From as far back as she can remember, Emmy award-winning filmmaker Gayle Kirschenbaum's relationship with her mother was, "not good."
She grew up the only daughter of a glamorous mother. Kirschenbaum lived in fear of her mother's punishment, and had perpetual headaches and dizzy spells. Her film, "Look at Us Now, Mother," cobbles together old pictures and movies to tell the story of their relationship, which Kirschenbaum said was filled with shame and humiliation early on.
Kirschenbaum says by the time she hit middle age, her mother had been bugging her to get a nose job for decades. So she agreed to consult with plastic surgeons, so long as her mother would allow her to take along a camera crew.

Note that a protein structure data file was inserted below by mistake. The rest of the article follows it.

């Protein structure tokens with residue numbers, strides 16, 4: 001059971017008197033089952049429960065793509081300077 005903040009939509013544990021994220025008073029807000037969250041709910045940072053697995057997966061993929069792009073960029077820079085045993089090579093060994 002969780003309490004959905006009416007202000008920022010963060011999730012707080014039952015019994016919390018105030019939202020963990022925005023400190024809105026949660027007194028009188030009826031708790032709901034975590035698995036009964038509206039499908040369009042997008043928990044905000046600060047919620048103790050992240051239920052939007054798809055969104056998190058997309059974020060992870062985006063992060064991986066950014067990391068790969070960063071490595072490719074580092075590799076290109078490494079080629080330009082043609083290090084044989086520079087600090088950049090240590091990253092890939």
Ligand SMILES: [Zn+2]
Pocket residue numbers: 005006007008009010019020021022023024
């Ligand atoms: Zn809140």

That little film, she said, transformed her life. Because at film screenings people would line up to say things like, "Don't change your nose," "I hate your mother," and then they would regale her with their own stories of family trauma.
That experience lead Kirschenbaum to create "Seven Healing Tools" to help others transform abusive relationships. You can find out more about that here.
The turning point in her relationship with her mother came after she dug into her mother's past and found all sorts of things, skeletons in her closet and terrible hurt that she had experienced.
Ultimately, Kirschenbaum came to look at her mother as a wounded child, which she herself was and now the two are close friends. Both Gayle Kirschenbaum and her mother Mildred will attend the world premiere of "Look at Us Now, Mother" this Saturday.